Treatment

Problem with torn cruciate ligament.

The anterior cruciate ligament (ACL) stabilizes the lower leg against forward displacement, the posterior cruciate ligament stabilizes it backward. The absence (tear of the cruciate ligament) causes instability (wobbly knee). Even during normal walking, this instability leads to abnormal displacement movements between the joint surfaces of the upper and lower leg, which in the long run leads to meniscus damage, widespread ligament loosening and increased cartilage wear, which then eventually results in wear (arthrosis).

These shifting movements have an even more unfavorable effect under further athletic strain.

The consequence is even earlier damage to the joint structures mentioned above, even in younger people. To avoid this late damage, the anterior cruciate ligament should therefore be replaced. In this case, suturing the anterior cruciate ligament has not proven to be a successful method because of the poor blood supply to the ligament, and replacing a cruciate ligament with an artificial ligament has not proven to be a successful method because of the strong mechanical load cycles.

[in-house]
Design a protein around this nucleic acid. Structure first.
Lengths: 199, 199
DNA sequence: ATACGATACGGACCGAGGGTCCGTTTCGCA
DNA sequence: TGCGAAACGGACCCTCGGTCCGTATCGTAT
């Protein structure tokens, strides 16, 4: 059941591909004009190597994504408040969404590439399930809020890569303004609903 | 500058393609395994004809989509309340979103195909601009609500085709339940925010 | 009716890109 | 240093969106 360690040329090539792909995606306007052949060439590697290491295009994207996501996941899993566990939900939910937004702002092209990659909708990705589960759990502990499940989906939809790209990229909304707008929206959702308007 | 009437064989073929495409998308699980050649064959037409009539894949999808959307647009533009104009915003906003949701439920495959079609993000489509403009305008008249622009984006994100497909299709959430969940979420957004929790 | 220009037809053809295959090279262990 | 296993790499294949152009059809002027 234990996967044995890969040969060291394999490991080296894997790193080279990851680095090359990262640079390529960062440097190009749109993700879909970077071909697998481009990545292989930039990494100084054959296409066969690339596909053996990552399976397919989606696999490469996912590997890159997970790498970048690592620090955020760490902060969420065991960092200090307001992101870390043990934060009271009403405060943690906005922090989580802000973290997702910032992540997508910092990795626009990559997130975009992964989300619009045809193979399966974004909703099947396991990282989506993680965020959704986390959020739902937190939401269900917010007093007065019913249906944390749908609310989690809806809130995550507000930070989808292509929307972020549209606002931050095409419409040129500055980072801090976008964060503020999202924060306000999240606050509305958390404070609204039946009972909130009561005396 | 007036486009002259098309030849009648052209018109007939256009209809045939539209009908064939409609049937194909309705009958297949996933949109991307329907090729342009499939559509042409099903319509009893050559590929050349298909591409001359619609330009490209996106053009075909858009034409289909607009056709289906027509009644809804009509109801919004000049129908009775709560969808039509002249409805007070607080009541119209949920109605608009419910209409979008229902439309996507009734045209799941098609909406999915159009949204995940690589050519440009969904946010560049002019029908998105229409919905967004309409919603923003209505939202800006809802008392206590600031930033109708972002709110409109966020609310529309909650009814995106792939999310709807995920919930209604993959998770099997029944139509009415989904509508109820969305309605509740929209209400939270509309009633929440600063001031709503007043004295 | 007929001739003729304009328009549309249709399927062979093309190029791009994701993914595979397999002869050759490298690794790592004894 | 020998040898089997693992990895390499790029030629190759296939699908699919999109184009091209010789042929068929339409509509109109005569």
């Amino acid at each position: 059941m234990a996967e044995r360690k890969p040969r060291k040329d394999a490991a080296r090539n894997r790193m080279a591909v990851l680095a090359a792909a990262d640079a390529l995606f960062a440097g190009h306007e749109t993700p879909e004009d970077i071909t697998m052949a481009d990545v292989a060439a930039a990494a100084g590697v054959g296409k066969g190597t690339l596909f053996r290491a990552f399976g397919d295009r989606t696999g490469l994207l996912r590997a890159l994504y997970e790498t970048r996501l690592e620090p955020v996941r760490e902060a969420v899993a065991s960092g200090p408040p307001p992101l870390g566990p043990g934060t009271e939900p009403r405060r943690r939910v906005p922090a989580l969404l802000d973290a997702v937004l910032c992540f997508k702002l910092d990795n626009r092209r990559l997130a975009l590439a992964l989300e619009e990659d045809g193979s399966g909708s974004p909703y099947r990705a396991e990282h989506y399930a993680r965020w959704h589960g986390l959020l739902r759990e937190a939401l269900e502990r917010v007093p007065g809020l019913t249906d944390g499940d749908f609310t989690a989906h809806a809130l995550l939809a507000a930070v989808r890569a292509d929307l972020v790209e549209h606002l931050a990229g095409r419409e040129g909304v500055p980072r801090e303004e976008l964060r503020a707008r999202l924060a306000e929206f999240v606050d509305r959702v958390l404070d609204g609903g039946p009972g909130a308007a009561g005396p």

Therefore, the current treatment of choice is the replacement of the anterior cruciate ligament with autologous material, which is then referred to as "autologous anterior cruciate ligament reconstruction".

Treatment:
Choice and fixation of the graft

The anterior cruciate ligament (ACL) stabilizes the lower leg against forward displacement, the posterior cruciate ligament stabilizes it backward. The absence (tear of the cruciate ligament) causes instability (wobbly knee). Even during normal walking, this instability leads to abnormal displacement movements between the joint surfaces of the upper and lower leg, which in the long run leads to meniscus damage, widespread ligament loosening and increased cartilage wear, which then eventually results in wear (arthrosis).

These shifting movements have an even more unfavorable effect under further athletic strain.